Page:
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Norman Manley left lonely ... PNP makes HWT home for election calling

Published:Sunday | January 31, 2016 | 12:00 AM
This statue of Norman Manley looking on at the Ward Theatre is the area where the PNP once hosted mass rallies for the calling of a general election.

Daraine Luton, Senior Staff Reporter

There was a time when North Parade was the hallowed ground for the People's National Party (PNP).

All major mass meetings were held on the streets in front the statue of its revered founding father, Norman Manley.

The practice of having meetings at Half-Way Tree changed during the 1990s when P.J. Patterson led the PNP.

Perhaps a picture of a lost era, Manley stands alone in North Parade staring from his statue, at the Ward Theatre, the place  where the PNP was launched on September 18, 1938.

But Dr Winston Davidson, an inner member of the PNP organisation, said the absence of big meetings at North Parade does not mean the PNP has abandoned its founding president.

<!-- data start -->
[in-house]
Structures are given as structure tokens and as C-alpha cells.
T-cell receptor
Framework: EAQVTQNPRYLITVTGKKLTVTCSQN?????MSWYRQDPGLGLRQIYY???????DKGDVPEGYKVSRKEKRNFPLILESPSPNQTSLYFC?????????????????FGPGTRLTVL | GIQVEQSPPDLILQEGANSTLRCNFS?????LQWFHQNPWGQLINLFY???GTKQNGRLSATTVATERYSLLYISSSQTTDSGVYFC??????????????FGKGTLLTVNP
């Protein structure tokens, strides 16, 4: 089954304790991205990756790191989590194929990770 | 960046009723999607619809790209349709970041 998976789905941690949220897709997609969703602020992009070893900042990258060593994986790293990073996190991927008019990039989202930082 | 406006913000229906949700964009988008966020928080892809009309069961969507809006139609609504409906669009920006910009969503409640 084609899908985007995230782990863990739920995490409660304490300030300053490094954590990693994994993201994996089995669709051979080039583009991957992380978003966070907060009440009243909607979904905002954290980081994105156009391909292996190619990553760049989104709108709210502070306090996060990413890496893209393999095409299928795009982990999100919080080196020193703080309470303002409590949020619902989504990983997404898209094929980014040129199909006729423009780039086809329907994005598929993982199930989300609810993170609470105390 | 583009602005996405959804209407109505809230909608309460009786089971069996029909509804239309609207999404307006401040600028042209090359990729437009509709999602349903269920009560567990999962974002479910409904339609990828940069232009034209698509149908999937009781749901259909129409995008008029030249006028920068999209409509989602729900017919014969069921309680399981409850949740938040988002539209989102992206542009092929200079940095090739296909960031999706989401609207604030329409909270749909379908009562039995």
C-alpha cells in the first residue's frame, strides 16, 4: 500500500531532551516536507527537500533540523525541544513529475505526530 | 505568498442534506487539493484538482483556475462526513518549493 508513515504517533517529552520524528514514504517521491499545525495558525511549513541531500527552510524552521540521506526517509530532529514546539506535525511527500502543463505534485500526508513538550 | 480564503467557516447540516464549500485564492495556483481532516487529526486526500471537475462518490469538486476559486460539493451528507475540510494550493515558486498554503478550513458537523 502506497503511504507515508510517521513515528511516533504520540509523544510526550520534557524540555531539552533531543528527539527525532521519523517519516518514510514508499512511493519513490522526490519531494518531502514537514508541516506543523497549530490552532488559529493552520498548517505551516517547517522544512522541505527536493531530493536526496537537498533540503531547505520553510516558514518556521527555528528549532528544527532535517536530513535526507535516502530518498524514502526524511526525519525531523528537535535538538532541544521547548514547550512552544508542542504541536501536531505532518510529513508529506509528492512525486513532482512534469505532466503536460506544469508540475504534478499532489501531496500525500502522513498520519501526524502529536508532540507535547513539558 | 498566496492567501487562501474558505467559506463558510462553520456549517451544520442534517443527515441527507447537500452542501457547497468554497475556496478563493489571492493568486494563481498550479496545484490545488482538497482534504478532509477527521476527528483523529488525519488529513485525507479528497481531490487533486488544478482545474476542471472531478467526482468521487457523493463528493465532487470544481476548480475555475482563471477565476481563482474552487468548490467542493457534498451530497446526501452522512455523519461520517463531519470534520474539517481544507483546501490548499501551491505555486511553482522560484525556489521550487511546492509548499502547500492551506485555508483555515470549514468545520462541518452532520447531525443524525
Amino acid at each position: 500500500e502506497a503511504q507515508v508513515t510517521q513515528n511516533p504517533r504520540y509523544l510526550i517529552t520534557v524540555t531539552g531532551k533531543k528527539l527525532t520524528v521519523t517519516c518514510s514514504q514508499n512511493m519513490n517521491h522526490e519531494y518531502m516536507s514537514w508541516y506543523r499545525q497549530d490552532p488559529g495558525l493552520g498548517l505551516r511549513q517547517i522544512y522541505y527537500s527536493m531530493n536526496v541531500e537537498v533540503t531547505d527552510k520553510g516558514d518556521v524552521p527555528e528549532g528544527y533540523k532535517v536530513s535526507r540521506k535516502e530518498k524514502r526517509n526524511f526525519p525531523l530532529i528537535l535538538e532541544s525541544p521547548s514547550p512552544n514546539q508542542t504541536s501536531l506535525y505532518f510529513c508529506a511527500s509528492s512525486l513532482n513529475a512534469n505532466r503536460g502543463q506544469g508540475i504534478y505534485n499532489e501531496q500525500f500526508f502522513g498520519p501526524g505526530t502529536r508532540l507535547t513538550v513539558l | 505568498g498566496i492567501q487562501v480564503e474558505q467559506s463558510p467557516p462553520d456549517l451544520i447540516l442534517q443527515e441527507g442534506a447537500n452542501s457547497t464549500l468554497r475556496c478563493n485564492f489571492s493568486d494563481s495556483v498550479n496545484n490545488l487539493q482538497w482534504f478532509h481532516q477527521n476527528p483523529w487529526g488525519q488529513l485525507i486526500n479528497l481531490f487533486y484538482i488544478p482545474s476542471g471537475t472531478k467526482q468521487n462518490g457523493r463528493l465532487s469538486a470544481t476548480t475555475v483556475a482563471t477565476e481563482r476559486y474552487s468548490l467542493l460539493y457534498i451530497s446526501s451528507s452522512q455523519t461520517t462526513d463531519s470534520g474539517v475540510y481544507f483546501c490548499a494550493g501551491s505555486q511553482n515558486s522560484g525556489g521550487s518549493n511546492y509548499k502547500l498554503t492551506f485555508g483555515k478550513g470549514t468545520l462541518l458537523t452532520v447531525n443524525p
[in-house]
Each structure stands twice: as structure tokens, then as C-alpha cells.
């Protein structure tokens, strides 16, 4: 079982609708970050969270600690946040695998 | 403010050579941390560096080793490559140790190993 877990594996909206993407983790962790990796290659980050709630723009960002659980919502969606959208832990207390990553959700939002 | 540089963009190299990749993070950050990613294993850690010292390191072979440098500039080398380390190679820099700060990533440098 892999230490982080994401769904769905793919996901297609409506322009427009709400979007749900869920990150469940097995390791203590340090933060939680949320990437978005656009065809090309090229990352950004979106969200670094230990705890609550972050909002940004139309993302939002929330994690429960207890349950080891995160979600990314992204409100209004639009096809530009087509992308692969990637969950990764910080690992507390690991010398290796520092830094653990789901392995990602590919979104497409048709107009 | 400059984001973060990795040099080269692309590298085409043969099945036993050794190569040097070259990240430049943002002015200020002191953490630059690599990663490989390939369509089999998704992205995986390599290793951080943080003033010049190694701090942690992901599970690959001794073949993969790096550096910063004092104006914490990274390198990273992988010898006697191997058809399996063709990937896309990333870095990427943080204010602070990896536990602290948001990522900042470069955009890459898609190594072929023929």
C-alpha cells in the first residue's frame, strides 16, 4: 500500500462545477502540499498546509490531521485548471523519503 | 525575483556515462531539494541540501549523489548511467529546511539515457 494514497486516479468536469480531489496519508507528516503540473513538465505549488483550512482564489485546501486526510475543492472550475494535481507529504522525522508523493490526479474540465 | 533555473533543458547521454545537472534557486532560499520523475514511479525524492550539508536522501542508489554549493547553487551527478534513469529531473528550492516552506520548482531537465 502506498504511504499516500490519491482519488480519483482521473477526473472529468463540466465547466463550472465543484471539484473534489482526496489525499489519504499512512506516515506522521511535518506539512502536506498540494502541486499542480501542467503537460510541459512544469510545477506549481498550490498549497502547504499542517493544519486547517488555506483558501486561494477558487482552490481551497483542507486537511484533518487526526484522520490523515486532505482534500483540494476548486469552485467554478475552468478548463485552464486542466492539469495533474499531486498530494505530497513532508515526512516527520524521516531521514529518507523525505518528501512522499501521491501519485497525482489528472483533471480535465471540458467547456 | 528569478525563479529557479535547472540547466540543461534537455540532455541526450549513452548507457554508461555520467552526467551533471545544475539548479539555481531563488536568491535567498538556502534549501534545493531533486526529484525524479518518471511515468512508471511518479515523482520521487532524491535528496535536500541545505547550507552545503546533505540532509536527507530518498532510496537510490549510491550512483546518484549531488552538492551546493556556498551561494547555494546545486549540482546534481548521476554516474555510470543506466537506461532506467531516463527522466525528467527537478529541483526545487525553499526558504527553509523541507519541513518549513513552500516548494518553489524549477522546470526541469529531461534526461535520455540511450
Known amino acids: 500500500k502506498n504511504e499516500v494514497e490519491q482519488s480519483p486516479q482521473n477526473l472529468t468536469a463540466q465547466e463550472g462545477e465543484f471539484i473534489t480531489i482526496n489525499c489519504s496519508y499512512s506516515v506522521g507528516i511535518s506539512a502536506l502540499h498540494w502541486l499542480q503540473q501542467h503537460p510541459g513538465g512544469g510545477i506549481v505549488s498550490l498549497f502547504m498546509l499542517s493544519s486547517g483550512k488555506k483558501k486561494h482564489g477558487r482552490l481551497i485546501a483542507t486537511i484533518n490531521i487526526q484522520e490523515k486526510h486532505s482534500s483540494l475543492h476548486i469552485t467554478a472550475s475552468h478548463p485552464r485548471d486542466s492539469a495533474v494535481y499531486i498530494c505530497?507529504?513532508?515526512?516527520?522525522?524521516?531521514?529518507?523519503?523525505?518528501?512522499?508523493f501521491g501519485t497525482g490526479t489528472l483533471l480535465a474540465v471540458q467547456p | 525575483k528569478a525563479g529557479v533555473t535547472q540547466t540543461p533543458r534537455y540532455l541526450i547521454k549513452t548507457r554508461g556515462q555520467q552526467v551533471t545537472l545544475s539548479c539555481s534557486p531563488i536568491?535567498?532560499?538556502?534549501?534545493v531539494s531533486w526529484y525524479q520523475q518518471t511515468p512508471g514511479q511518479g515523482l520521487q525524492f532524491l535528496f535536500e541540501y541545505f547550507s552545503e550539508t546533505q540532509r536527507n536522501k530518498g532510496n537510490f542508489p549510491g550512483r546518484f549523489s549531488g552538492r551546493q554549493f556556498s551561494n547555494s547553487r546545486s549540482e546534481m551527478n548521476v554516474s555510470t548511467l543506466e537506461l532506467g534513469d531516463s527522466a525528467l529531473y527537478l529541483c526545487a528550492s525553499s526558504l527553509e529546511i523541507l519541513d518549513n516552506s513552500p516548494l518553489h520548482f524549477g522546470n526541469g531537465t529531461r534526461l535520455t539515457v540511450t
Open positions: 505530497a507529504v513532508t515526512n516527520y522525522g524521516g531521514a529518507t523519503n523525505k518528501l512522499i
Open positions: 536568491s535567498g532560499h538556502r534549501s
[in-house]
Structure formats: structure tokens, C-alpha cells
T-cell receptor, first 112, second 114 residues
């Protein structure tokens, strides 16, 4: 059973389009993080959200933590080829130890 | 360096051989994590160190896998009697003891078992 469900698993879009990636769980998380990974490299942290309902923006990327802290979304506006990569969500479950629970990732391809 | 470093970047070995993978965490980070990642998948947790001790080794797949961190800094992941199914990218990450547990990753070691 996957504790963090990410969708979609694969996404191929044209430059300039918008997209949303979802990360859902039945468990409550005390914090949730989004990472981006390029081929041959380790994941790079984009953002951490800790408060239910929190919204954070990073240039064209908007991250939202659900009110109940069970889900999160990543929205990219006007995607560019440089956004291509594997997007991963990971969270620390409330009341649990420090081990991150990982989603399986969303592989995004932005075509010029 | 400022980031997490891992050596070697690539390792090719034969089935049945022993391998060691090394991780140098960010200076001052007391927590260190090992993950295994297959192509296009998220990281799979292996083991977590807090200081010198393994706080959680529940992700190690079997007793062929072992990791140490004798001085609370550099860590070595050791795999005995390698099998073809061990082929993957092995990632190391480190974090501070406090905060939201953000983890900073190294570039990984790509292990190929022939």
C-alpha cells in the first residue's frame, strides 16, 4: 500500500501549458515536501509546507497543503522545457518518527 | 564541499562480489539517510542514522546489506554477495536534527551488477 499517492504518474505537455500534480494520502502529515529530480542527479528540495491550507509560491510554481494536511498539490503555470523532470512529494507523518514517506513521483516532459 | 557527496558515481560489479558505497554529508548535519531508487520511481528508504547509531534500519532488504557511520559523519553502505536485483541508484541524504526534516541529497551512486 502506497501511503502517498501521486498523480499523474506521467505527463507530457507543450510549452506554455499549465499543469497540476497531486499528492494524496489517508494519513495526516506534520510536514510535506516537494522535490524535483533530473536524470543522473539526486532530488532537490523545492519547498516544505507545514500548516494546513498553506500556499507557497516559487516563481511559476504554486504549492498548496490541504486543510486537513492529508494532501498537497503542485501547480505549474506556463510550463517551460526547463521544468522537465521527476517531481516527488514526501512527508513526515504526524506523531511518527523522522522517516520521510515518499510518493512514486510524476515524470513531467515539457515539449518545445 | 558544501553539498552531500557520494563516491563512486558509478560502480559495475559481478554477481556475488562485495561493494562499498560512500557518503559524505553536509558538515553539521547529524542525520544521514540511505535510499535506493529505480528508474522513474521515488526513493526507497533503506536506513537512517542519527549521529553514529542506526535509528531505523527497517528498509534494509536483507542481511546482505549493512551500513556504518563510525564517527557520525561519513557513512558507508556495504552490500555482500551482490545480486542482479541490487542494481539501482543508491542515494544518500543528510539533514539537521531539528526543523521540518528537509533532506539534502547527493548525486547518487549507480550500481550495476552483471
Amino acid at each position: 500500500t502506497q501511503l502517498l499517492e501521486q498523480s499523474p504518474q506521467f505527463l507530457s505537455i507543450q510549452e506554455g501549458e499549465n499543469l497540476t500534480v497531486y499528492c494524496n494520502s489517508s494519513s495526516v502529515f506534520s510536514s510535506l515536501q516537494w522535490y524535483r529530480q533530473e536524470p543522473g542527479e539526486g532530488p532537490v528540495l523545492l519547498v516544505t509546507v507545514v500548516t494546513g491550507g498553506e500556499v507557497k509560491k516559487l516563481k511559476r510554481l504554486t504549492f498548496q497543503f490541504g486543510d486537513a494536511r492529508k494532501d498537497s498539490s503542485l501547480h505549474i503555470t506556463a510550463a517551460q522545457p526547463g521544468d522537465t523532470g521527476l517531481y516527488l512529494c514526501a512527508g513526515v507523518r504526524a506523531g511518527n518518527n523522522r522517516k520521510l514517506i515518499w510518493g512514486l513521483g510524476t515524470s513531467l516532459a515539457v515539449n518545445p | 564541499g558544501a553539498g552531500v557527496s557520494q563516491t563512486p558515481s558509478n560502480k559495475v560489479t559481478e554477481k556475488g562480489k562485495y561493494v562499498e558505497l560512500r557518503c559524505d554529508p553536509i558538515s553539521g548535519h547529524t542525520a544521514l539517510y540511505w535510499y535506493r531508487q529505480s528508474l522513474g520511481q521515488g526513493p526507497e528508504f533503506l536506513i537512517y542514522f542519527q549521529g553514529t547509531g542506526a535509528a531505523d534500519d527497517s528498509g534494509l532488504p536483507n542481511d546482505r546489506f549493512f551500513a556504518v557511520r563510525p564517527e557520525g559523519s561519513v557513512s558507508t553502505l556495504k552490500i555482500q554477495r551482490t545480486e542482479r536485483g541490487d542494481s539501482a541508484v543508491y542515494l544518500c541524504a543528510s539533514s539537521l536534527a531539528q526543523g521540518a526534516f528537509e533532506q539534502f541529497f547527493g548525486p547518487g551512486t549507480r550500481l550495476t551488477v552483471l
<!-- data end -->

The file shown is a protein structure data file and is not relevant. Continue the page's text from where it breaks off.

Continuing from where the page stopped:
"From the point of traffic flow, Half-Way Tree is more convenient," he said.

Noting that Half-Way Tree has a transport hub, Davidson said the election announcement has to be held at the most accessible point.

"This is perhaps the best place to hold it. People can come in and get out easily. In the past it used to be held at North Parade, downtown Kingston but more and more, because of the convenience, this is the best place," Davidson said.

He said that while North Parade is symbolic for the PNP, "the fact is that you have to change with the times. You have to always look at what is accessible".

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